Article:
TRENTON, N.J. Merck & Co.’s worth has soared.
The Whitehouse Station, N.J.-based drugmaker reported Monday it experienced a 62 percent increase in its third-quarter earnings, and its revenues increased by double digits. The company also said it amplified its full-year earnings forecast.
The company, best known for developing and marketing osteoporosis treatment Fosamax and asthma and allergy medicine Singulair, reported that its net income totaled $1.53 billion, or 70 cents per share, for the three months ended Sept. 30. The company earned $940.6 million, or 43 cents per share during the same period last year.
Revenues totaled $6.07 billion, up 12 percent from $5.4 billion a year ago.
Excluding a charge for an acquisition and a gain from a patent settlement, net income would have been 75 cents per share.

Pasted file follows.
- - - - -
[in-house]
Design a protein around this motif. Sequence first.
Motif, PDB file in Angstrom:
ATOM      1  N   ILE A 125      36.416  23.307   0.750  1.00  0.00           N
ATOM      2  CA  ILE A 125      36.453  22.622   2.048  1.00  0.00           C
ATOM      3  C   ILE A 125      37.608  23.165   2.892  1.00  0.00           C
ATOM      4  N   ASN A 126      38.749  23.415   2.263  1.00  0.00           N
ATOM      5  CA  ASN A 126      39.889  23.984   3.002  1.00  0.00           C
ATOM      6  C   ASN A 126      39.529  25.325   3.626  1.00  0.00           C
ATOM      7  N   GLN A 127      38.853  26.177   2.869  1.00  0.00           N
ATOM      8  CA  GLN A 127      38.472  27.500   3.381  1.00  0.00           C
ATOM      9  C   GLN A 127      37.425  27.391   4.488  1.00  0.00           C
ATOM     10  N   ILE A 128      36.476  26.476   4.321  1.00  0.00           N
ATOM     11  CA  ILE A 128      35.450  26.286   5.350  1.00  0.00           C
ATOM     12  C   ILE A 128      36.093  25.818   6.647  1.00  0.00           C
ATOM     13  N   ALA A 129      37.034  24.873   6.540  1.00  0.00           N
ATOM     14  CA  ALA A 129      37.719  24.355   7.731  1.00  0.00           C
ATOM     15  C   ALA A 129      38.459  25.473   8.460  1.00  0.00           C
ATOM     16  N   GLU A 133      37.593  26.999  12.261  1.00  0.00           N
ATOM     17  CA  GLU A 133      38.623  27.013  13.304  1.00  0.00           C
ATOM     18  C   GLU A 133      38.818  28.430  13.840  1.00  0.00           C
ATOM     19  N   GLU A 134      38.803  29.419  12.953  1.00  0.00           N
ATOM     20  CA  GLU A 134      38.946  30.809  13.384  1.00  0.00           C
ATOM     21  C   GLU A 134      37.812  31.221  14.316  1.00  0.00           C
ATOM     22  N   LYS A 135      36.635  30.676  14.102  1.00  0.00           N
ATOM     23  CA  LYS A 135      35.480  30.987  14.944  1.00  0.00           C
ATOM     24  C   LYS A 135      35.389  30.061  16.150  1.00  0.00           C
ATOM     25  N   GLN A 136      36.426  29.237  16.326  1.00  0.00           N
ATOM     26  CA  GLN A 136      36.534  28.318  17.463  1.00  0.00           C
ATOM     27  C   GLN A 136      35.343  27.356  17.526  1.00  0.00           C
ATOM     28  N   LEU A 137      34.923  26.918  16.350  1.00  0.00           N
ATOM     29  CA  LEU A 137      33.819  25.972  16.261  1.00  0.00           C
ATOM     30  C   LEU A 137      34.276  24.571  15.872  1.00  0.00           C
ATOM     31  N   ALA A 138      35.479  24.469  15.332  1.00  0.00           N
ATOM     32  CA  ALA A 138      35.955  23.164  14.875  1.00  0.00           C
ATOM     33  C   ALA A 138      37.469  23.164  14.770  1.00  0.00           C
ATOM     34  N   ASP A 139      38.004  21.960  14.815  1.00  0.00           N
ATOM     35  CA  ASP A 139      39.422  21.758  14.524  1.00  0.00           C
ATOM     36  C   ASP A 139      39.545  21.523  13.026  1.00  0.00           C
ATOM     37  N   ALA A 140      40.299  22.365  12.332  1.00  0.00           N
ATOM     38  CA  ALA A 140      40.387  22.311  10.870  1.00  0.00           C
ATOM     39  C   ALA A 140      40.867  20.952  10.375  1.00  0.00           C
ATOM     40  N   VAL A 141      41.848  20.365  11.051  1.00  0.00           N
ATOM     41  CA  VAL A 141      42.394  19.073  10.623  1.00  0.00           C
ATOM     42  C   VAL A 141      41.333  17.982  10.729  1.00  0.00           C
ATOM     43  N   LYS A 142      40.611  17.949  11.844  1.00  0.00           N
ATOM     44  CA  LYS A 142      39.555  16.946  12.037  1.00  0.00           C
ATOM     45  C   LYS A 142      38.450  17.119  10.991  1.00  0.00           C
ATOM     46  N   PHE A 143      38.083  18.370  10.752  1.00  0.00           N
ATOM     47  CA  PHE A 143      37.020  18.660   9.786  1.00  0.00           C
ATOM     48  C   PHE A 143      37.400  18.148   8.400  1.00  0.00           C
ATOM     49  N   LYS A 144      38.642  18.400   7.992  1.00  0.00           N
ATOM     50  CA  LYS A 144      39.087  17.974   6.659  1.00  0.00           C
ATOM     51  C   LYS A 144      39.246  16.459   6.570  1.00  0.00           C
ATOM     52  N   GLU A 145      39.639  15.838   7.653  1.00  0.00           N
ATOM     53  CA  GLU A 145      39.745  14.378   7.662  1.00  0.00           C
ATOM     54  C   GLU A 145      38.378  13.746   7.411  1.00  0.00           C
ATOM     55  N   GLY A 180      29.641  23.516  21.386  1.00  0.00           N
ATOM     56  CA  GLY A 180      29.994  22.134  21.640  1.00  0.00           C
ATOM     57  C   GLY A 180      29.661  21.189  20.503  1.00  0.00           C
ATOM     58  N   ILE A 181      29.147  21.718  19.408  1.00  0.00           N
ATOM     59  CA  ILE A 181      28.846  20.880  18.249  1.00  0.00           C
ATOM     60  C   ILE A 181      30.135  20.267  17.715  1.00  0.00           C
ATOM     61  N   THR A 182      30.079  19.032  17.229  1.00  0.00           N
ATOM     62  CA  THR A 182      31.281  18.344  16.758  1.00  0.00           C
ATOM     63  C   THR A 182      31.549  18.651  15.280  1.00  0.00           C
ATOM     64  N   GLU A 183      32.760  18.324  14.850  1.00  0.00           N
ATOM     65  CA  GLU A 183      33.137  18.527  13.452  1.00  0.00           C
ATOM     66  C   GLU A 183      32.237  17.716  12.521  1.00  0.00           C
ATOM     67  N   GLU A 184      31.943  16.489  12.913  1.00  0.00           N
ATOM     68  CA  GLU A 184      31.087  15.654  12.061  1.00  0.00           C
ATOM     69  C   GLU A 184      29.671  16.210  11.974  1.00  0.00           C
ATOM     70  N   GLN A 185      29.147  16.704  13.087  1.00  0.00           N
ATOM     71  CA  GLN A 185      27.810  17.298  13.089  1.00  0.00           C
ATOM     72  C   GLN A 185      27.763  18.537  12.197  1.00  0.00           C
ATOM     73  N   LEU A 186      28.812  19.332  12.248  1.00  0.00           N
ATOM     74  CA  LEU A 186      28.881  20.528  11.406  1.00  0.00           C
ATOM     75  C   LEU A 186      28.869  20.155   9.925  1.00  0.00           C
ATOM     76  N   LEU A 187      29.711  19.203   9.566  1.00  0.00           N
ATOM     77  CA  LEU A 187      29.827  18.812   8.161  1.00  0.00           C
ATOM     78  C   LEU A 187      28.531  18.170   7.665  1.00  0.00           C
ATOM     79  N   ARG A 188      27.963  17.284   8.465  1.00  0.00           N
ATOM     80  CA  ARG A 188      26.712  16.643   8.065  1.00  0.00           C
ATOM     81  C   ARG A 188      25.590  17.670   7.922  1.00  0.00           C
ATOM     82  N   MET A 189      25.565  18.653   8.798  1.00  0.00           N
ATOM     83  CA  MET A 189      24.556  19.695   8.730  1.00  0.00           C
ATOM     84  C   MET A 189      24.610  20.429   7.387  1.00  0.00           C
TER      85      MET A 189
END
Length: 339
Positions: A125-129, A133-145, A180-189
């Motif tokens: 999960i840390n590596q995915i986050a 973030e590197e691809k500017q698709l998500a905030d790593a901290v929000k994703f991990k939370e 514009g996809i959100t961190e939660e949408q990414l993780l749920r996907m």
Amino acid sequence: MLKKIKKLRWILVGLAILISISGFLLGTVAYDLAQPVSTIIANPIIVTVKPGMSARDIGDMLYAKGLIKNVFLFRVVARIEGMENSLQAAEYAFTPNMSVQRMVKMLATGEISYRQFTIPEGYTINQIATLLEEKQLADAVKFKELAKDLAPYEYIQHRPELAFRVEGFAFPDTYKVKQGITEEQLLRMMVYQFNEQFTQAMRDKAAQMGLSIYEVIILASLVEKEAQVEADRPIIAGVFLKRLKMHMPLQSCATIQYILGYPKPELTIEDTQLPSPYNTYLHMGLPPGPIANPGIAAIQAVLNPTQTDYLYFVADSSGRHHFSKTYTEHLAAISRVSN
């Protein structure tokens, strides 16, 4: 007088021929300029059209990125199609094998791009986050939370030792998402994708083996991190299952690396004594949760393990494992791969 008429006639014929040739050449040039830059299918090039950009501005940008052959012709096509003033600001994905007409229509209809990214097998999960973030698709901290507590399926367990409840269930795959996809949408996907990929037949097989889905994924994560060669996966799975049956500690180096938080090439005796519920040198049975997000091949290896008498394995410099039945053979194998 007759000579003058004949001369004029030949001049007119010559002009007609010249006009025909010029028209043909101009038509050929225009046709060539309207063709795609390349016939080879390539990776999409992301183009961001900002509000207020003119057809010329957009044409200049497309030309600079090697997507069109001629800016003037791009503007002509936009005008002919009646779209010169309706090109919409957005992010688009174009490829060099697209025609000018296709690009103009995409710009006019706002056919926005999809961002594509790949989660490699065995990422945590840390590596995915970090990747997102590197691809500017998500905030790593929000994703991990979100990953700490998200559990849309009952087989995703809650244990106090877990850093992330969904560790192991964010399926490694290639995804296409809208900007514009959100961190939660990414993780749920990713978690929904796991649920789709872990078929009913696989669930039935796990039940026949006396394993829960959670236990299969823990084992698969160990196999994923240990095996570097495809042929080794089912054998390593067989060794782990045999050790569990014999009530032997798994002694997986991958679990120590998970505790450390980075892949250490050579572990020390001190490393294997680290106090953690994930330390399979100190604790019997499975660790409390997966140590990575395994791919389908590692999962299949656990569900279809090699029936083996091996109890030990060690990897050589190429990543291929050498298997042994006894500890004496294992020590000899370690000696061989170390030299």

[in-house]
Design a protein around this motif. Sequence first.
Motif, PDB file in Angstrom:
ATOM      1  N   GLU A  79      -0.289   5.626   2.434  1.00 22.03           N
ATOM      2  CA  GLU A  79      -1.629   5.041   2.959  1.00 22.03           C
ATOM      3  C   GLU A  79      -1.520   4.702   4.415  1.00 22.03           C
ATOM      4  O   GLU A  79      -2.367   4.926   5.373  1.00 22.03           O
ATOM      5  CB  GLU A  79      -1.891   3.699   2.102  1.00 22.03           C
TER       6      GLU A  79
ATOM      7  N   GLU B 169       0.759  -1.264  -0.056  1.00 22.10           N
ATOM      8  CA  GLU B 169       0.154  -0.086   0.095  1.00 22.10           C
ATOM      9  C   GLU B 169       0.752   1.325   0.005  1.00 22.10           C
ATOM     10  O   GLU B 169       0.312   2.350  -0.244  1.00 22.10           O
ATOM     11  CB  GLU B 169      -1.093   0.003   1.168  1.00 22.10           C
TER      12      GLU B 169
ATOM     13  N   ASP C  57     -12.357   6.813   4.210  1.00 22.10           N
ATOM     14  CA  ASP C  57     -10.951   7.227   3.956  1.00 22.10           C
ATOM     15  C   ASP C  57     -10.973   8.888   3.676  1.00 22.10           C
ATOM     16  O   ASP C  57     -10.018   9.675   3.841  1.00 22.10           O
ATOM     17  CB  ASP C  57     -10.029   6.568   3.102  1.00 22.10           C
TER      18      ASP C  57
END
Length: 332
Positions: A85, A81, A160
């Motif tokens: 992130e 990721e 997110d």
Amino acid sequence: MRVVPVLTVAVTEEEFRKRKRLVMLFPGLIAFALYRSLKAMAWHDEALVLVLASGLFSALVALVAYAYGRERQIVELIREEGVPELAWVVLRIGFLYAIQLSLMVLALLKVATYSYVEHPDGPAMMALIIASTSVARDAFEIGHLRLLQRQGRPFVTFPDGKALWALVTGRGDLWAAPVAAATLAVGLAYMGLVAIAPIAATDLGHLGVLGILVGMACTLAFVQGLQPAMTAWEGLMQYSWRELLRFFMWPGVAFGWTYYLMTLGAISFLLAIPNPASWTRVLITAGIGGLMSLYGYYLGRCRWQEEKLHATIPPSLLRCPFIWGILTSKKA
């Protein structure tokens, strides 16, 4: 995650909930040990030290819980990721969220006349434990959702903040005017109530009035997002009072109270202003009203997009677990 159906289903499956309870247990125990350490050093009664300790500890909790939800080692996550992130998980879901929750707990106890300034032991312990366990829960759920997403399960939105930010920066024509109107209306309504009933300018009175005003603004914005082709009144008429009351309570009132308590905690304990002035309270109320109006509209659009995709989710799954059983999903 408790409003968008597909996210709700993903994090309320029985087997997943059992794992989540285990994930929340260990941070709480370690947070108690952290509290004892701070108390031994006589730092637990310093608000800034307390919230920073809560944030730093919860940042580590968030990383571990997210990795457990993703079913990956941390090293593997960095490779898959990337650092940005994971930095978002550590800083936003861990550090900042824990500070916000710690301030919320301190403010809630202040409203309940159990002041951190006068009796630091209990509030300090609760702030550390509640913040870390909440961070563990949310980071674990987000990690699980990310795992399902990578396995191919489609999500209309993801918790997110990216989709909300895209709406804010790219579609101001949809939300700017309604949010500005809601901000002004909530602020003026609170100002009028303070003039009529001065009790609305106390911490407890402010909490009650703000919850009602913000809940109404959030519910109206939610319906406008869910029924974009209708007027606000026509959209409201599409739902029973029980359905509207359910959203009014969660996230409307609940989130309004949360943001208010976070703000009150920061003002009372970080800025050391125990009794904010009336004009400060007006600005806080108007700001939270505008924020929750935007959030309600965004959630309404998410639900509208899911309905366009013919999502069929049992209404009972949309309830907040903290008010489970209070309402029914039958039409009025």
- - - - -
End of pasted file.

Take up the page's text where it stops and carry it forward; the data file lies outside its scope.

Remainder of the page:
For the first nine months of the year, net income rose to $4.9 billion, or $2.24 per share, up 24 percent from $3.96 billion, or $1.81 per share, one year earlier. “Our third-quarter results reflect the continued progress Merck is making to deliver on our strategy,” chief executive officer Richard Clarke said in a statement.
Merck’s next step is marketing its experimental HIV drug, Isentress, the first in a class called integrase inhibitors that block the AIDS virus from infecting cells. The drug received FDA approval earlier this month.
Because of the successes, the company raised its 2007 earnings forecast to a range of $3.08 to $3.14 per share, excluding 21 cents worth of charges for plant closures and position eliminations under its ongoing restructuring program, from an earlier projection of $3 to $3.10 per share.
On the other hand, analysts said, Merck’s forecast may not be as rosy as expected. The company’s Vioxx painkiller, which was pulled from the market three years ago, continues to cause the company to reserve its profits for legal expenses. The company reportedly reserved a total of $1.9 billion, since Merck currently faces about 26,600 lawsuits representing 47,000 plaintiffs, and about 265 potential class action cases.